Dragon James Caan supports 250 million
Dragon James Caan supports 250 million UK aid education initiative in Pakistan
James Caan, British entrepreneur and BBC TV Dragons Den celebrity, is visiting Pakistan to explore ways in which he can apply his extensive business experience to improve Pakistan's education system.
During his stay he will find out how the UK is working with the Pakistani Government to improve the quality of education and ensure that all children in Pakistan have the chance to get in to school.
Caan will be in Pakistan from 20 February and will have discussions with representatives from the UK Department for International Development (DFID) to learn more about how its 250 million UK aid programme is supporting education in the country. He will learn about DFID's planned programmes in the Punjab, including how DFID is working with the World Bank to strengthen teacher recruitment, improve school infrastructure and work with the private sector to improve school management. The programme will help five million more children attend school and give 500,000 young people the skills they need to get jobs.
"I believe that every child has a right to education. Giving people a chance in life and schooling is at the heart of fighting poverty and maintaining security in Pakistan, comments Caan. "This programme will deliver the benefit of education to millions of children, in turn equipping them with the knowledge and skills to work, providing a much-needed long-term boost to the Pakistan economy. Nothing could be more important than giving the younger generation of Pakistan this opportunity, with the numerous challenges the country is currently facing. I am delighted to be involved with this initiative and to have the opportunity of giving something back.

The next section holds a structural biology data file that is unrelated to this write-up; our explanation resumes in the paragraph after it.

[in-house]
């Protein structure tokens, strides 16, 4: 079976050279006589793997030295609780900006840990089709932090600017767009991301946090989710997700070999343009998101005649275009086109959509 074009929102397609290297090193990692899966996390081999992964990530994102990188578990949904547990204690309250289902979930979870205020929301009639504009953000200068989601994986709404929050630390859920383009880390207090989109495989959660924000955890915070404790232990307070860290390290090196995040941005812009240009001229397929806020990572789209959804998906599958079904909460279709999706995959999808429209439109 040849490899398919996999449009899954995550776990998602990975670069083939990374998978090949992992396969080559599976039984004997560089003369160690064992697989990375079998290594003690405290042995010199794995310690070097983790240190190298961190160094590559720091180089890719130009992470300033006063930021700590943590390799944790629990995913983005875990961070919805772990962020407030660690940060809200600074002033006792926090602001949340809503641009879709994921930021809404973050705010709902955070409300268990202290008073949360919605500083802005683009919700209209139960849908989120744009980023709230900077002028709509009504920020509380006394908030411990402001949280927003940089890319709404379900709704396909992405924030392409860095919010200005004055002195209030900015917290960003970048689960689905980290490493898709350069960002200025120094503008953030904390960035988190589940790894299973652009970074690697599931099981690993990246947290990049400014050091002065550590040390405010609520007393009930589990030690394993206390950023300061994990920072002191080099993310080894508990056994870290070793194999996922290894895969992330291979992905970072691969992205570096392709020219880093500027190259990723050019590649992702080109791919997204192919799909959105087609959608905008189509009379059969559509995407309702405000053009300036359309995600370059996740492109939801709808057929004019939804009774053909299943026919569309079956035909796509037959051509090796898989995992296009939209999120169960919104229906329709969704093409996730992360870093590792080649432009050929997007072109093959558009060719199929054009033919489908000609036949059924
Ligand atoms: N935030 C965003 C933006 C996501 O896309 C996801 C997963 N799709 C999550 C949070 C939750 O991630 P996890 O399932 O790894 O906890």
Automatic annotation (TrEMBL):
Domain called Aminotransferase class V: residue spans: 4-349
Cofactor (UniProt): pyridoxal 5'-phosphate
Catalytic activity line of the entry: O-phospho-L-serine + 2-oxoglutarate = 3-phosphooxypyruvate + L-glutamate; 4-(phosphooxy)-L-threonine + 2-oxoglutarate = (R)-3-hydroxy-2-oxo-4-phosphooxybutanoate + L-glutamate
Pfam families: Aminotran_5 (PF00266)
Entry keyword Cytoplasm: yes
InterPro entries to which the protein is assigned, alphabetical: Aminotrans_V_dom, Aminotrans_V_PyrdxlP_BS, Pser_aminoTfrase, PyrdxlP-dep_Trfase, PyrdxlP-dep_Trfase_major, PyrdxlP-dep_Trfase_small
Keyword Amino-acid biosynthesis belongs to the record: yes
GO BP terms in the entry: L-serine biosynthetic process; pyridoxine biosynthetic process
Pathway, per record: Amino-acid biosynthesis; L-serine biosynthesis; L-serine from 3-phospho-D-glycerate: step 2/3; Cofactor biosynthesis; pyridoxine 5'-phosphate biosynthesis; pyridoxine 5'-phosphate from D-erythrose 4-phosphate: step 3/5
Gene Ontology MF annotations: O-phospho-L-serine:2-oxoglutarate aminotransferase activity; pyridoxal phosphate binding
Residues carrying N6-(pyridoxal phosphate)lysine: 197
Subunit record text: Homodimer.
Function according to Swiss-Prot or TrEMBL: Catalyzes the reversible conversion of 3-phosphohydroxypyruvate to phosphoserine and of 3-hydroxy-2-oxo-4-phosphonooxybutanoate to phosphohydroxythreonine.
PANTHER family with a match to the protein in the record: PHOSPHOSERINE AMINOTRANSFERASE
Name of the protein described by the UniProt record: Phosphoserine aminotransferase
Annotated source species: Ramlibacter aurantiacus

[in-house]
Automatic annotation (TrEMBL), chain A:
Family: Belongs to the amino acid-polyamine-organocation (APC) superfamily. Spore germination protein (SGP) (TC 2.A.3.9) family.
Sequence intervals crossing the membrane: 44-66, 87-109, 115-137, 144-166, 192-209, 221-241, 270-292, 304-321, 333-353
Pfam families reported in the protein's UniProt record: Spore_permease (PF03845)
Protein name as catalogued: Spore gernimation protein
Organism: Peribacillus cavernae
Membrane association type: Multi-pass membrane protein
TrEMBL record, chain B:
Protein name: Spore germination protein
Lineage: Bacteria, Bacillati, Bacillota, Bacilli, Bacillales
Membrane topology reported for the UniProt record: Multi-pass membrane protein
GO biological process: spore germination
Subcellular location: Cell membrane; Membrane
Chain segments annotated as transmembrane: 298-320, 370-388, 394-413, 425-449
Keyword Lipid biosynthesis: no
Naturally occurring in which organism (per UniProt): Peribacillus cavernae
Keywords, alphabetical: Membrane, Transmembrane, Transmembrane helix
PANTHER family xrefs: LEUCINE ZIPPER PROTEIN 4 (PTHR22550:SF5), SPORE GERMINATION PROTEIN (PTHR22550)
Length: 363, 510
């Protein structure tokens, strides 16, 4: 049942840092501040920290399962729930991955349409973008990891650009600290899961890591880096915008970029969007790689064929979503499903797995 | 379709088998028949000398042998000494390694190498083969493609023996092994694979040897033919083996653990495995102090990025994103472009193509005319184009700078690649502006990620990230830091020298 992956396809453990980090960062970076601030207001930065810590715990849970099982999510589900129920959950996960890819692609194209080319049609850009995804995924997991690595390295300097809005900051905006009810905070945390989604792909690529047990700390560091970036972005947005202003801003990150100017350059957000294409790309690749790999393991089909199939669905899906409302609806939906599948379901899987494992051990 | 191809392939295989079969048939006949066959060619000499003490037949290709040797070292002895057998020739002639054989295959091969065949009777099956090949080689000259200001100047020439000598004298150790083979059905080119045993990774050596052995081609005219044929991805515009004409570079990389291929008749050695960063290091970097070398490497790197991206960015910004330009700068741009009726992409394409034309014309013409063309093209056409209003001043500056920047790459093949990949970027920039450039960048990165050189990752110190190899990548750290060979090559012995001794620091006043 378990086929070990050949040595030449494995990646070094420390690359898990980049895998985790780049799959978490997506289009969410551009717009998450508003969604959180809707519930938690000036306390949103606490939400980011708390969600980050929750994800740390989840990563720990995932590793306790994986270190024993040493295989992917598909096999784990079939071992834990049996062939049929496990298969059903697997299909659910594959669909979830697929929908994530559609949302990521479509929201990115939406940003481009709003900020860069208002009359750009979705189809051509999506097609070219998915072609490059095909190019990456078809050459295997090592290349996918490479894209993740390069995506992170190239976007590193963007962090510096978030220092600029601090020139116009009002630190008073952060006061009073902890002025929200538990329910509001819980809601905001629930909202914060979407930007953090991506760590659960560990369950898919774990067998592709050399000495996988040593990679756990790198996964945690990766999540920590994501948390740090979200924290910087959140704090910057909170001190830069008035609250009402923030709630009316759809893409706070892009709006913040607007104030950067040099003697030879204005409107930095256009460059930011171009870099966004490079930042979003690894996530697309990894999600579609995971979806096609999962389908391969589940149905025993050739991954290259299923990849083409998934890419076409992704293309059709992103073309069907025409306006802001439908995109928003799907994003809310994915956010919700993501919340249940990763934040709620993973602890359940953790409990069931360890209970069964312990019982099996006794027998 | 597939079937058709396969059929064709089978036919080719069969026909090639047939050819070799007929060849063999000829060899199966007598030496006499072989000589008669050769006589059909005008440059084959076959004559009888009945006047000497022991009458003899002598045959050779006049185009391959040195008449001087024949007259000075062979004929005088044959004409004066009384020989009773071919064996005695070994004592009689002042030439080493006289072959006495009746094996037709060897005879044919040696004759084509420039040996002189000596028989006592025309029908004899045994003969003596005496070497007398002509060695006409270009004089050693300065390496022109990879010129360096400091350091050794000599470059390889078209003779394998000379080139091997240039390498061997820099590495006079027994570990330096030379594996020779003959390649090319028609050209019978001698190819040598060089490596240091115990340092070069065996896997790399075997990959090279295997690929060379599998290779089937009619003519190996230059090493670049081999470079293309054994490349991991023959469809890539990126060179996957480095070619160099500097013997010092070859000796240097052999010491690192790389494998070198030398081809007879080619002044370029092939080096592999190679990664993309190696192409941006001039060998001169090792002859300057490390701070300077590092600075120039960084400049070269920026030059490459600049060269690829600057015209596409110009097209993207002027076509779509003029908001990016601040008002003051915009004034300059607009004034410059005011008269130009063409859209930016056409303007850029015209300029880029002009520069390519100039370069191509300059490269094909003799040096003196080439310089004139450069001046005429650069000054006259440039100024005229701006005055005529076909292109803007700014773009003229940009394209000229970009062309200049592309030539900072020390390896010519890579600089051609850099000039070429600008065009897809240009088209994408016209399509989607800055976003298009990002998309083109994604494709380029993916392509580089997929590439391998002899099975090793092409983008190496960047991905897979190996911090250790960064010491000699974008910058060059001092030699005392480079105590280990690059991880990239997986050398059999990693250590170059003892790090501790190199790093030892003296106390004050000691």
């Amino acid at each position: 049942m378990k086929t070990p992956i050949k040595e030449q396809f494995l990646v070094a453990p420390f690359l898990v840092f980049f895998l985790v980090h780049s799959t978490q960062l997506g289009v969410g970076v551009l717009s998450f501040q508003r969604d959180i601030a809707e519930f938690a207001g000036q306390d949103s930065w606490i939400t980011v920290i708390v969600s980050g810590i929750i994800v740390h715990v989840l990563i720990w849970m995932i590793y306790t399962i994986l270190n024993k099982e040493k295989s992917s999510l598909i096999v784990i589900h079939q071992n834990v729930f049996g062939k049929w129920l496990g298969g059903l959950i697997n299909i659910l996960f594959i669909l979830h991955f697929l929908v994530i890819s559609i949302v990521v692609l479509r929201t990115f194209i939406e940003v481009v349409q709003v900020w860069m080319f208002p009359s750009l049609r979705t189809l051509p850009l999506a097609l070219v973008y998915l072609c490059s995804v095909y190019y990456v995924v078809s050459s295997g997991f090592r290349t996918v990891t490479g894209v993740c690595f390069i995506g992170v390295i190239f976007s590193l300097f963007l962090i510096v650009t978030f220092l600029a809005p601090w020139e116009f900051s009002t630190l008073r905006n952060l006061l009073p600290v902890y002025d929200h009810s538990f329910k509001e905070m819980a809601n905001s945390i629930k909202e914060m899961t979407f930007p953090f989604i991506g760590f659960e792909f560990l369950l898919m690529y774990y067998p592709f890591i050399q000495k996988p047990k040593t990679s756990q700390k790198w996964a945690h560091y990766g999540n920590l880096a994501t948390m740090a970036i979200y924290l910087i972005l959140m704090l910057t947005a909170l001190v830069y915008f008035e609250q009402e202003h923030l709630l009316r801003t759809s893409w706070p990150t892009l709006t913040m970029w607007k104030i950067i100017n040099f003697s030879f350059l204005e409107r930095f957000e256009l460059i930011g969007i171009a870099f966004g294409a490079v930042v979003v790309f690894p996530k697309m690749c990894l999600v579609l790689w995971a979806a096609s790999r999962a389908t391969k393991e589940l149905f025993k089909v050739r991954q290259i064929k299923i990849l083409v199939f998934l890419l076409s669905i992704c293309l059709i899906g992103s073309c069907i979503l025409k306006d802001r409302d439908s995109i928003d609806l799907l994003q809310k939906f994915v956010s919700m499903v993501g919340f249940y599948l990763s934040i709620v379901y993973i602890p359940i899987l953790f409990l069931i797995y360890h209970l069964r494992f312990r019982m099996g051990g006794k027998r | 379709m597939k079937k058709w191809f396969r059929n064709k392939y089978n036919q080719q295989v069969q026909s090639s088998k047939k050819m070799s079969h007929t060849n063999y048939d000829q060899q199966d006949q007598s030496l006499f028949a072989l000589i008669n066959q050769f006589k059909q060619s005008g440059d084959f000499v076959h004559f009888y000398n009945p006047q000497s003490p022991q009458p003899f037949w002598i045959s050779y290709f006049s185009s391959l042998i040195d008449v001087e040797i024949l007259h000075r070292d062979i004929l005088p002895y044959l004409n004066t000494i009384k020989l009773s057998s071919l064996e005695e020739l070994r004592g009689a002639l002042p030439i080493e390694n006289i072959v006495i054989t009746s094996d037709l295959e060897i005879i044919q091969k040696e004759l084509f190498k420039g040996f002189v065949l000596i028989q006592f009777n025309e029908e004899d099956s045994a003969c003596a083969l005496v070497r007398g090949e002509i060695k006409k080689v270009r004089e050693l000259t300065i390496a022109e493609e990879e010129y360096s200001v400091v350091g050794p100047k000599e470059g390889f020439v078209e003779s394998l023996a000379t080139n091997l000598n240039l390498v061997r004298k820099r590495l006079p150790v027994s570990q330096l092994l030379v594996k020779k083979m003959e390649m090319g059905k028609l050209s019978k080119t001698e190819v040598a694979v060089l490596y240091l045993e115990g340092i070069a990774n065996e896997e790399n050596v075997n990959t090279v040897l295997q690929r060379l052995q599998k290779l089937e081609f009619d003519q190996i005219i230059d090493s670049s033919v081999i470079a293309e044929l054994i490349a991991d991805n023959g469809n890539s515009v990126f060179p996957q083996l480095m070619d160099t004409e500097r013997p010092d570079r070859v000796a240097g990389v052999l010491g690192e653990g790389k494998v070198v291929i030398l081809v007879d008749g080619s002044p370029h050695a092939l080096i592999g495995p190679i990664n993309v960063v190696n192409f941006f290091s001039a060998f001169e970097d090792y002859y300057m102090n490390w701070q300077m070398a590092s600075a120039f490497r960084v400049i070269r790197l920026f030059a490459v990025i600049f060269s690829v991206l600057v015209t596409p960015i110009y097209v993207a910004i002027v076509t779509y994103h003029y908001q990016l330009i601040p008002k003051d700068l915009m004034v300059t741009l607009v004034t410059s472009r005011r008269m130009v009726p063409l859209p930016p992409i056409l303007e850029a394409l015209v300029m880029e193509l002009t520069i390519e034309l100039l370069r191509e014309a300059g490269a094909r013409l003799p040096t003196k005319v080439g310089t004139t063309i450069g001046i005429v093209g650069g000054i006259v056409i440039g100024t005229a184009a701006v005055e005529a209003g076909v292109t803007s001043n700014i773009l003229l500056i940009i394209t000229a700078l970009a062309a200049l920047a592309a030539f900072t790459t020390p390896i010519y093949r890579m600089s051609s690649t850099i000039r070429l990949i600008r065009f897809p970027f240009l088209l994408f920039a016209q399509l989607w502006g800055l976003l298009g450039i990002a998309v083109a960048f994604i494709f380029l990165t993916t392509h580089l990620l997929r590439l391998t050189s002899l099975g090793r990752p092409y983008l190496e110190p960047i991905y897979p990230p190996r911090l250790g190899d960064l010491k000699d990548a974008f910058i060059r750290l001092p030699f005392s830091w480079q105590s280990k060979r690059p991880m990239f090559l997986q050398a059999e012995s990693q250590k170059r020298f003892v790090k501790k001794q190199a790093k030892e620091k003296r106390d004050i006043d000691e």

Half of the population of Pakistan is illiterate, with six million children of school age currently not attending school. Education in Pakistan is a particular passion for Caan, who was born in Lahore and is proud to have been able to fund the construction and running of his own school in his home town, which hundreds of local children can attend for free.
"With nearly half of all children still not receiving an education, there's a huge challenge ahead," comments George Turkington, Head of DFID's country office in Pakistan. "Education is a top priority of the UK's aid programme in Pakistan and it will soon be one of our biggest worldwide. We can't afford to let Pakistan's children down. Turning these appalling indicators around can get Pakistan back on track to meeting the Millennium Development Goal on universal primary education. And, by tackling deprivation and exclusion, education can help to address grievances that can fuel extremism. We welcome James Caan's support and look forward to investing in a better future for Pakistan's children."